• Keep a writing file. On my desktop, I have a file of writing ideas.  It’s my go-to when I’m stuck.  I can pull and develop ideas from that list when I don’t have a specific piece or deadline I am working on.  On insomnia nights, often, I pull from the file to occupy my brain.

Creative brains are difficult to shut off, and insomnia can be the result.  Trying some of these ideas might help to alleviate the issue, or at least learn to view it as productive writing time.  If nothing else, you will realize you are not alone!


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S.W. Biddulph

Scott Biddulph is a published writer, author, and poet from North Georgia. He began writing as a youngster and followed his lifelong dream of reaching people through the written word when he returned to The University of North Georgia in 2013 to finish earning his BA/English with a concentration on publication and creative writing. His publications include the following: an eBook, Apples of Gold: A collection of inspirational short stories and poems (Smashwords, 2010) and a paperback, Voices from the Heart, (Createspace, 2012). His poetry is published in Papers and Publications Undergraduate Research Journal. Vol 3 (2014) and the award-winning Chestatee Review (Spring, 2015), among other places (Check his LinkedIn profile for a full list of his publications). He is currently working on publishing poetry, creative non-fiction, academic essays, and his memoir. Scott has also worked as an intern editor for the University of North Georgia Press. As a freelance editor, he has done the layout and design of several books and magazines. He is currently working with several authors on various publication projects in which he is either ghostwriting, editing manuscripts, or doing the layout and design. Scott continues working on his memoir Twisted Ride. He also maintains a Christian blog: A Disciple's Journey. Finally, and most importantly, he is a father, grandfather, husband, and dedicated Harley Davidson rider (with a huge beard). He and his family enjoy the beauty of the North Georgia Mountains where they live—especially their screened in back porch where they love to bird watch. - "I love realism. I love writing about the raw, down-to-Earth, heartfelt realities of life. I love to write in a way that reaches into the human soul. I love to take the greatest pains and struggles in life, and make them a blessing to others. Fantasy is a wonderful, interesting thing—but real life situations, feelings, fears, and dreams are an unexplored ocean of stories that need to be told." ~Scott Biddulph~

12 comments

  1. Loved the imagery in your article Michelle, and I’m glad to find that I’m not alone. One thing that has helped me is to refrain from using my computer or using my Kindle Fire at least an hour before going to bed. And I only read from a real book or my regular Kindle. I read somewhere that the light from computer devices stimulates the brain and can cause insomnia.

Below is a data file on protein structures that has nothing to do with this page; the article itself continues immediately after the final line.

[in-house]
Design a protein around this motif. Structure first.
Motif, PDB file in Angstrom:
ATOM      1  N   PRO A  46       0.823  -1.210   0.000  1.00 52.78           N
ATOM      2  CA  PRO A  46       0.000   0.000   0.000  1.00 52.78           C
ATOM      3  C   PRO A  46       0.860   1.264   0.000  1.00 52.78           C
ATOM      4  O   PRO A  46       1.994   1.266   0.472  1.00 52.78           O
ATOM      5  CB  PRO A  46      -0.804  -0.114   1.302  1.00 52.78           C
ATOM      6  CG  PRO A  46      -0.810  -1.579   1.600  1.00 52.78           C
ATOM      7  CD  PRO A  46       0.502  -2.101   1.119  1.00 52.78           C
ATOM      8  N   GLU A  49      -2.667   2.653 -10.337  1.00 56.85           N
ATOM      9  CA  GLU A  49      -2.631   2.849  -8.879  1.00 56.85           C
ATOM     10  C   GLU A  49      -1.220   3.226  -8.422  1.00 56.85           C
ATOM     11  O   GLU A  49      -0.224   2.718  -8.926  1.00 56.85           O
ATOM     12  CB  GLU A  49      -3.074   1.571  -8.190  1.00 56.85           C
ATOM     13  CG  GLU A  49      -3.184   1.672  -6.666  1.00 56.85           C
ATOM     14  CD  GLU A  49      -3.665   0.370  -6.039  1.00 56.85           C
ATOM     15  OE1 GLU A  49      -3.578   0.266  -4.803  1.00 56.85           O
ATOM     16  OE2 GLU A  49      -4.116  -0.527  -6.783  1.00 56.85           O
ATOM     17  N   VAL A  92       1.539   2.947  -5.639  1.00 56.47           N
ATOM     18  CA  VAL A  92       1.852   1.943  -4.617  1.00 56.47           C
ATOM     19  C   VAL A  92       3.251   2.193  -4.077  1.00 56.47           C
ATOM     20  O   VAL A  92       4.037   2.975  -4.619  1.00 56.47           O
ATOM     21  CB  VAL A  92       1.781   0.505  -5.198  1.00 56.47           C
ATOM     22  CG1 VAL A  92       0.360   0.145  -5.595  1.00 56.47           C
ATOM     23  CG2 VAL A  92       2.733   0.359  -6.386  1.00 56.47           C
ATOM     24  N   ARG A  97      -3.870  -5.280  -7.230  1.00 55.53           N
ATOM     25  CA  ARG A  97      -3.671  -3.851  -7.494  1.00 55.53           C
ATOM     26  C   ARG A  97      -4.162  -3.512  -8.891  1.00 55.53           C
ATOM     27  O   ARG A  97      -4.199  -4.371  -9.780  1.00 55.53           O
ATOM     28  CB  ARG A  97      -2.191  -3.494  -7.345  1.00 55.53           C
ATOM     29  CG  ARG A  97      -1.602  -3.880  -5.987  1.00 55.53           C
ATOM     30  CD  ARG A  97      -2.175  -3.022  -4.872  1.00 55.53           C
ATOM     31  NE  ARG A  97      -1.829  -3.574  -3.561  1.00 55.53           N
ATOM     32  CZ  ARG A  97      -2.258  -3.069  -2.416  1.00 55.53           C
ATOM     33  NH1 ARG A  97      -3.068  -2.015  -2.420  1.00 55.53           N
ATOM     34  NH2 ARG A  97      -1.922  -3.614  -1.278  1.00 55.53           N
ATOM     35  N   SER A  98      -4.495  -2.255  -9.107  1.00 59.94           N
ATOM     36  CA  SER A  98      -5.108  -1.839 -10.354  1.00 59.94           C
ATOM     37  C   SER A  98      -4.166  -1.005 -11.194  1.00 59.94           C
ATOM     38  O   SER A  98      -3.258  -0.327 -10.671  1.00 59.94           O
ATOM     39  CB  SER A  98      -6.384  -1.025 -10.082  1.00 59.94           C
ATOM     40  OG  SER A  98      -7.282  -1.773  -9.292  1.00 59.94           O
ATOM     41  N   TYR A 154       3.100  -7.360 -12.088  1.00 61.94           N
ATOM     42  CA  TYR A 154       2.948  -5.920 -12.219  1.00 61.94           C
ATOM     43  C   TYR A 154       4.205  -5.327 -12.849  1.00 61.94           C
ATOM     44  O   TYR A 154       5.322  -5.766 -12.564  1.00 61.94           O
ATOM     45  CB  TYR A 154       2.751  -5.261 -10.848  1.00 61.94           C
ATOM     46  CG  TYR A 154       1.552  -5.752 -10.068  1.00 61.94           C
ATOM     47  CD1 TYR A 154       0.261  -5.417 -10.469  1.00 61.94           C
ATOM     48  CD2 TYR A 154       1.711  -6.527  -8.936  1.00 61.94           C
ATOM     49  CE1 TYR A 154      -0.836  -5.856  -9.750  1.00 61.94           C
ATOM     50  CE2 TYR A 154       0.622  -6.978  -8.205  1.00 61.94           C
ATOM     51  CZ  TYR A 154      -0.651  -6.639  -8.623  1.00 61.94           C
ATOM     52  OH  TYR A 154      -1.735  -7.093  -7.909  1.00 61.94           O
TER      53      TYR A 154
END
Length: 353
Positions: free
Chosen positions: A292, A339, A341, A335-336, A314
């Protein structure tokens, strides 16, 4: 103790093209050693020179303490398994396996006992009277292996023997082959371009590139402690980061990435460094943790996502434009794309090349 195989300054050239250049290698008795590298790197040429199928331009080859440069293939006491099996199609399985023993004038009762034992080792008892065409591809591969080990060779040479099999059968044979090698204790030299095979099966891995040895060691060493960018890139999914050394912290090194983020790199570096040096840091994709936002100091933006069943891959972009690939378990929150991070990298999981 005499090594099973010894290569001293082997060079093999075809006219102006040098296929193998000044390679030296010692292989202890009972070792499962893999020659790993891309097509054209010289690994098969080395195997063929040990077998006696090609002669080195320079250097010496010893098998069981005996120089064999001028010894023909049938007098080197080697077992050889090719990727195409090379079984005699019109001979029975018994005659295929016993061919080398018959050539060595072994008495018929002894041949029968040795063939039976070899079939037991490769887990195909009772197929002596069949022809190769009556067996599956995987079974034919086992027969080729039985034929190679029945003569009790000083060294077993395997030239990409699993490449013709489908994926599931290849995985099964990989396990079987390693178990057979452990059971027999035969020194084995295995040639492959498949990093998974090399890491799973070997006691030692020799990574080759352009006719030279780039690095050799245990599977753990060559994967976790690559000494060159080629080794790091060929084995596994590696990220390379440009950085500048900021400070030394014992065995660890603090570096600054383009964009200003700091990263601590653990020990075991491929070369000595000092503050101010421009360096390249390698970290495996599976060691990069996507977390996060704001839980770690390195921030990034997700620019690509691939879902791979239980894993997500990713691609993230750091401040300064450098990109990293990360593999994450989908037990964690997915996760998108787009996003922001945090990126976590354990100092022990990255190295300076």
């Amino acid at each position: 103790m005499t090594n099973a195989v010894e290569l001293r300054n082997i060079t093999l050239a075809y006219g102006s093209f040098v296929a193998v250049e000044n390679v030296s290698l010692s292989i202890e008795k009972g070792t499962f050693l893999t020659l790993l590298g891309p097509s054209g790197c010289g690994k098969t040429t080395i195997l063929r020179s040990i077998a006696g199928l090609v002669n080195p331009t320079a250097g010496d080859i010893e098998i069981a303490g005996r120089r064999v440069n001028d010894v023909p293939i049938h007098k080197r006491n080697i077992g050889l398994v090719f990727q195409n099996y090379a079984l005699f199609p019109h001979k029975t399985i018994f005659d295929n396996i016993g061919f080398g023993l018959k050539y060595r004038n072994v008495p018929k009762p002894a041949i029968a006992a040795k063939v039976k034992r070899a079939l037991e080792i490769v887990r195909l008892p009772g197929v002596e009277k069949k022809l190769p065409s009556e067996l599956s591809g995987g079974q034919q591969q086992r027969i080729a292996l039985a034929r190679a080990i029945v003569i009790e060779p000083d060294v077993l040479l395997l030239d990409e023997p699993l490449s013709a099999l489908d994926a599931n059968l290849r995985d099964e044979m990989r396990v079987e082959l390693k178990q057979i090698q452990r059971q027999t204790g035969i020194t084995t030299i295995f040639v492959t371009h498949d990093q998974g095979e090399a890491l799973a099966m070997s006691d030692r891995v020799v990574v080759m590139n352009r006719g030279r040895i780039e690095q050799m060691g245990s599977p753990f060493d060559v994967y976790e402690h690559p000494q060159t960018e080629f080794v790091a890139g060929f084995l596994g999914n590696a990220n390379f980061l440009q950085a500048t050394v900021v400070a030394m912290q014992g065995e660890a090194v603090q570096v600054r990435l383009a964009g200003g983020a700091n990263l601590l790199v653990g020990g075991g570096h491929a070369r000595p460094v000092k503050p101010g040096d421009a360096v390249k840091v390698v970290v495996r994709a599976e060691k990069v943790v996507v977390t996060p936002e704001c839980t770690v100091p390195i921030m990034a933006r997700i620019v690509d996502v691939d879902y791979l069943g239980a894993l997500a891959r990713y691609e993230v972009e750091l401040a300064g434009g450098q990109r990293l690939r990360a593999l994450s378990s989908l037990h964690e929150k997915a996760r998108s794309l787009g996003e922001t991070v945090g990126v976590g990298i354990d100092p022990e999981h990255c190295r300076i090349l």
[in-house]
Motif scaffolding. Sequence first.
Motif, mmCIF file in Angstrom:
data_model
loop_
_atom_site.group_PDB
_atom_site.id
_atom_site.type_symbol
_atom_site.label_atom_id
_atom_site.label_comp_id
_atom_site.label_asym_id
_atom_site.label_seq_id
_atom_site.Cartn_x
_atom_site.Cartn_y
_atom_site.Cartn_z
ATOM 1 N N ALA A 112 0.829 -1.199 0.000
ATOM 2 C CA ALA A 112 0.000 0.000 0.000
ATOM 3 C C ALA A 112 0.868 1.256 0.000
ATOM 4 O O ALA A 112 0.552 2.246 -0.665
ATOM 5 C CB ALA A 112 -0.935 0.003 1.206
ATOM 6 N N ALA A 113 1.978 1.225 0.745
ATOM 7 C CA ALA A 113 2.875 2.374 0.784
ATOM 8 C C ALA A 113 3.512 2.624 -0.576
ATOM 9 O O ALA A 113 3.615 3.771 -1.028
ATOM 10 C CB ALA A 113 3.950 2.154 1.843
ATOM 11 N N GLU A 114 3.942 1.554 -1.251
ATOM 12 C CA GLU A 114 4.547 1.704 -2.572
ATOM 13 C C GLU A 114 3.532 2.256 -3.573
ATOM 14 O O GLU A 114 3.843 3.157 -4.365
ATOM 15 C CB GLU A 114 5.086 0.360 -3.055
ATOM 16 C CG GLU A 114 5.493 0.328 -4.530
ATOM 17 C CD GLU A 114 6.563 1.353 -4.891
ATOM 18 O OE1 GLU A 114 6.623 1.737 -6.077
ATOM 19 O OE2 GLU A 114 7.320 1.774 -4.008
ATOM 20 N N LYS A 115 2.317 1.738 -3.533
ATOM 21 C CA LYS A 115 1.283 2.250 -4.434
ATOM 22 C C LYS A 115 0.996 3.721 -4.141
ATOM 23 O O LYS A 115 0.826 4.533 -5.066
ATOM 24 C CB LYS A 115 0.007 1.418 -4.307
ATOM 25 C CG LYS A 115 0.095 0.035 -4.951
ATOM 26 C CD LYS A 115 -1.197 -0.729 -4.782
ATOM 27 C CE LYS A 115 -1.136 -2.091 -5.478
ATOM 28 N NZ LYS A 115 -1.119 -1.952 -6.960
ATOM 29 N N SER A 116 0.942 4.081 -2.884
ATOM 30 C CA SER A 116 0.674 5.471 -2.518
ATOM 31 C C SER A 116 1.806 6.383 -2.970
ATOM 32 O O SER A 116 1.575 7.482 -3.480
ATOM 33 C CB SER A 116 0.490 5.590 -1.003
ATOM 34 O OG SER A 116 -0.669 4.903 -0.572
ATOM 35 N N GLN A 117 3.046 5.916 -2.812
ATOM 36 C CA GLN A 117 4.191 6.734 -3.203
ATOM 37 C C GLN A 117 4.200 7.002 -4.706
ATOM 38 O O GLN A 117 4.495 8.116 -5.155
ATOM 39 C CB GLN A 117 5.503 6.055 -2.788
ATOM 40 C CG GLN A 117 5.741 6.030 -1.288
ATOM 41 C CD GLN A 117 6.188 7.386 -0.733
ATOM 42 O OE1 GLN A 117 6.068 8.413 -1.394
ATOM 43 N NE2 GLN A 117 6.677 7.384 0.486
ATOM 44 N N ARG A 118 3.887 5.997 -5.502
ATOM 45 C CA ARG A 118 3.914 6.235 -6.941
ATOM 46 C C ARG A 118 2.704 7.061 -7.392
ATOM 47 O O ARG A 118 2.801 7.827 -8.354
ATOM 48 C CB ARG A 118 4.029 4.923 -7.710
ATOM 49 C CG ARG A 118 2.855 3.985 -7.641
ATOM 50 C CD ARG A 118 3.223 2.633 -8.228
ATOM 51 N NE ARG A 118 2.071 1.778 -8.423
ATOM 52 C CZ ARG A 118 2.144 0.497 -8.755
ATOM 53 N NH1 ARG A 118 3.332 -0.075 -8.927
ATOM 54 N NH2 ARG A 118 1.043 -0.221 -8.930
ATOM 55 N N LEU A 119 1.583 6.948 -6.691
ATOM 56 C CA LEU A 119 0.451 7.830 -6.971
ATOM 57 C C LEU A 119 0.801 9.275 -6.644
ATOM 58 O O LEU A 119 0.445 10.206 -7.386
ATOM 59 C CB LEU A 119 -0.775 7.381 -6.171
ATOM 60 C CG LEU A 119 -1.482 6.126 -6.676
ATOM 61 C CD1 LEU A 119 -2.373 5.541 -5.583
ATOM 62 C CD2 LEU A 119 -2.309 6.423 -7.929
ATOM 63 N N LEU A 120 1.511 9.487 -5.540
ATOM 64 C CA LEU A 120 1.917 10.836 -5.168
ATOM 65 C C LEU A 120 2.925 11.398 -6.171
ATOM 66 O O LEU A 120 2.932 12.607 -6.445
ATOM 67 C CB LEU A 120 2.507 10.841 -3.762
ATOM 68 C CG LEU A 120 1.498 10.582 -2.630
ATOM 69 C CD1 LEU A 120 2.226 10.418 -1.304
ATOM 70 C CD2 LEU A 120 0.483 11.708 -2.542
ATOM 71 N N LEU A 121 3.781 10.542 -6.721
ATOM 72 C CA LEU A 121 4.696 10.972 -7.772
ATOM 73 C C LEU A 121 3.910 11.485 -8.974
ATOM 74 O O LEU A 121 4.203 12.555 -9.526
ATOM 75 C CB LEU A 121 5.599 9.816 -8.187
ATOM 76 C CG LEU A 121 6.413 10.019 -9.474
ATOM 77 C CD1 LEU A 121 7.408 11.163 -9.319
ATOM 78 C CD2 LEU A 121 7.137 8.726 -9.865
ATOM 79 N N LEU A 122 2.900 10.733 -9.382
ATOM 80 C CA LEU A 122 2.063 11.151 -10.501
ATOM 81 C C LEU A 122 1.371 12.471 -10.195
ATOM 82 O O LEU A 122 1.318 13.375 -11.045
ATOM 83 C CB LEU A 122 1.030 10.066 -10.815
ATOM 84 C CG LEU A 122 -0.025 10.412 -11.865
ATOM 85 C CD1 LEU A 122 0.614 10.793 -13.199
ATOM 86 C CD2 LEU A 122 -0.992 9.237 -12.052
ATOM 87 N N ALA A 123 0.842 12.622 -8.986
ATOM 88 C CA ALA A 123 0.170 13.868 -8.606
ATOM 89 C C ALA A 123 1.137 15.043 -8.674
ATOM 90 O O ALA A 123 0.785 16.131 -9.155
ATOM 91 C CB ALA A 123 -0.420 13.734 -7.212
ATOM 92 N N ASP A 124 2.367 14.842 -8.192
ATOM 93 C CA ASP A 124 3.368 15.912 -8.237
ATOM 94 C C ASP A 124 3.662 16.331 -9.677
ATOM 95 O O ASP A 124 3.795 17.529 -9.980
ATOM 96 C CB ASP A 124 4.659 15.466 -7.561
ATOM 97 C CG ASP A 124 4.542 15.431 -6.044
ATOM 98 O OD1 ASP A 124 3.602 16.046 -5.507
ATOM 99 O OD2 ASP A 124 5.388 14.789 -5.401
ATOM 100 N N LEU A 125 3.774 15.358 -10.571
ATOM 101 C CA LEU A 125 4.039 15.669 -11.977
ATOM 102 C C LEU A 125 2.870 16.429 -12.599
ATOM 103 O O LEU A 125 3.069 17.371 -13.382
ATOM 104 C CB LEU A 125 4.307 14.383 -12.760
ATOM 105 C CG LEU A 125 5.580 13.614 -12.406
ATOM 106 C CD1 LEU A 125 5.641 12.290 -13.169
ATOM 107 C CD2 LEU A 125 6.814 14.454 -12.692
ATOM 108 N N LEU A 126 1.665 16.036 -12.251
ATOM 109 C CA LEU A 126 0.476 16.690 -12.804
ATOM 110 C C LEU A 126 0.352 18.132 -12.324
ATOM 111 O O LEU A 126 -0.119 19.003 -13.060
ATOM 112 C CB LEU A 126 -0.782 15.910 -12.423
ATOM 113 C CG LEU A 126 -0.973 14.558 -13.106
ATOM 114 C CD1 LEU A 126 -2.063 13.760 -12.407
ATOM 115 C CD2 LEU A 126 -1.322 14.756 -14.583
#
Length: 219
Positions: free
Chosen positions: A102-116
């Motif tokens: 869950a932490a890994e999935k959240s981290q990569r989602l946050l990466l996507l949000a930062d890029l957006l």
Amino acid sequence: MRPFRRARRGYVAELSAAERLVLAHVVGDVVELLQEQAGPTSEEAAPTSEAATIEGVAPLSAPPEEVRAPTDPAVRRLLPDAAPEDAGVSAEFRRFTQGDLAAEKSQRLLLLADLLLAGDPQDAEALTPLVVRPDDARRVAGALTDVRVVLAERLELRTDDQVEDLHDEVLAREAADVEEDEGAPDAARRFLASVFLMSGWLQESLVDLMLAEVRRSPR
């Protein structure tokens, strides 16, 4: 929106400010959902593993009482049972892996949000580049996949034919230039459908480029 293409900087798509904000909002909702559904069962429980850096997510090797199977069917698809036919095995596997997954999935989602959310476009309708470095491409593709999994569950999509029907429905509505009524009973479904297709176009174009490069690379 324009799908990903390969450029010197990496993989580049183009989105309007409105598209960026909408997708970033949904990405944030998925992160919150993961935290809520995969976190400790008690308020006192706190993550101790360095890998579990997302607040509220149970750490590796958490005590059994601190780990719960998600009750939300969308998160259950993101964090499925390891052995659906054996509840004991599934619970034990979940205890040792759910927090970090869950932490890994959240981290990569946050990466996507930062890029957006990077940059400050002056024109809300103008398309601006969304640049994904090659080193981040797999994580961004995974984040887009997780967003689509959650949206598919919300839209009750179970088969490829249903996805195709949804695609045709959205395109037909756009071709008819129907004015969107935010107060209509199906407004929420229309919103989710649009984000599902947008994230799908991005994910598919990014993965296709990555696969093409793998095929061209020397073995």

Liked by 1 person

  2. Great post, Michelle. My favorite idea, out of the ones you mentioned, is utilizing insomnia as a time to write. I have a regular nighttime routine that works for me, but occasionally I still can’t sleep–that’s when I hop out of bed and hop onto my laptop and write about whatever is on my mind. Writing about our angst and writing out our prayers is as potent as a mug of Sleepy-Time tea.
    Blessings ~ Wendy

    Liked by 2 people

  3. Michelle, Your insight comforts me. My muse is always begging for my attention. Most times than not, I’m distracted from listening to it. When this happens, I get visits in the middle of the night because the noise is overwhelming. So to appease Mr. Muse, I have to scribble down ideas and thoughts so I can rest. However, at times I’m compelled to move quickly because the urge is too strong. My writing progress to best when I enter the stillness of prime time.

    The biggest take away from your post today is insightful advice, and I’m not alone in museland.

    Like

    • John, One thing I know for sure…we are not alone in the wee waking hours. I have also found that sometimes, when I get up and write, it quiets my mind enough that I can go back to bed and sleep like a baby after…which is enough motivation to get me up and writing.

      Liked by 1 person

  4. Michelle, I wake too often in the middle of the night with something brewing, but not coffee. Indeed at the moment I am writing a poem about that very experience, or more a cumulative experience actually. I will come down and add my note to Evernote, then process it more sanely at another time.

    Liked by 1 person

    • Peter, I do find that sometimes the ideas born in the middle of the night need some sanity in the morning! Or the piece that I write in my head while still in the bed, flees as soon as I try to capture it on paper. Daytime brings perspective…but it is not nearly as creative!

      Liked by 1 person

  5. Ahh….Insomnia. We have had a love/hate relationship for too many years. If I could, I would will it to vanish forever. However, while it lingers, using those quiet moments for prayer, reflection and writing squeeze something of value from it’s unwelcome embrace.
    Your beautiful description of insomnia as your muse and your ideas for capturing what it brings are both creative and life-giving. Thank you, Michelle!

    Liked by 1 person

    • Terry, There is something about the quiet that insomnia crashes into…sometimes I think if not for insomnia my best writing would never have happened because I would have missed the quiet! Still…I am not a fan of my mind spinning when I KNOW I need to be sleeping. 🙂

      Liked by 2 people

  6. This is a great piece of advice for writers. That quiet is hard to attain. A lot of times I’m writing furiously just to get to that place of quiet. It’s reverse from what a lot of people do. Sit there in stillness. For my mind to be still, I need to let it unwind like a clock. I wrote about this on my blog once, called it “my write mind” or something.

    Liked by 2 people